EDITORIAL: Tread carefully into new year

2013 will make for some interesting scenarios around Victoria

While many sub-plots will surface in 2013, a potential provincial government change and the return to a two-pronged sales taxation system may have the greatest impact on Capital Region residents.

We can expect the B.C. Liberals, using their advantageous position as the party with the ability to make funding announcements – new or simply restated – to keep the pedal to the metal playing catchup to the NDP in advance of the provincial election in May.

Facing major budget challenges like all municipal governments, school boards and other public bodies, the Liberals have a tough job to deliver on promises of a brighter future for British Columbians – especially with experts forecasting flat growth for B.C.

One area where Greater Victoria will see the seeds of growth, however, is in the shipbuilding and ship repair industry. The development of Seaspan’s facilities in Esquimalt and increased capacity at Victoria Shipyards parallel the training of prospective workers at the nearby Industrial Marine Training and Applied Research Centre.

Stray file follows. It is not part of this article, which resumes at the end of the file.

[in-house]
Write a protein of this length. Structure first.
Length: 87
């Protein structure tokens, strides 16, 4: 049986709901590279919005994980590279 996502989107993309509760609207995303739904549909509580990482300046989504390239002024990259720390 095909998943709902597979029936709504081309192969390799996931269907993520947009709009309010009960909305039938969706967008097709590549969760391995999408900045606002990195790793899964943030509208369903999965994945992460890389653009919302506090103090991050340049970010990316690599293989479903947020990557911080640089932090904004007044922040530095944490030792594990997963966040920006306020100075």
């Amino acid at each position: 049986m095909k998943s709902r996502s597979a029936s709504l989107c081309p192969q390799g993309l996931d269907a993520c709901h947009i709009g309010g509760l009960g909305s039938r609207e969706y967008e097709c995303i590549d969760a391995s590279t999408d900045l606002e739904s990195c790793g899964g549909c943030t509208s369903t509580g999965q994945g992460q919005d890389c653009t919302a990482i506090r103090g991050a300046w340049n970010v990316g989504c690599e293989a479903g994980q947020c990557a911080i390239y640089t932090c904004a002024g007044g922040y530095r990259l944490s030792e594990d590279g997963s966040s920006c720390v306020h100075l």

All of us will be affected by the switch back from the 12 per cent harmonized sales tax to the combination of provincial sales tax (seven per cent) and GST (five per cent). While some estimates put household expenses at around $350 higher annually under HST, it remains to be seen whether consumers will save that much money after the change is implemented.

People who eat out often may realize the most savings, as the food service industry goes back to charging GST only.

Another brighter note is that despite the gloomy predictions, shopping options continue to expand for those with money to spend. Not only does Uptown continue to lease new retail space, the Hillside Centre expansion is moving along, and changes are afoot at Tillicum Mall, with Target coming on board.

Like many consumers, however, independent shops and chain stores in other retail centres in places like the West Shore and downtown Victoria hope to hang on and stay positive through an uncertain 2013, as the economy shuffles forward.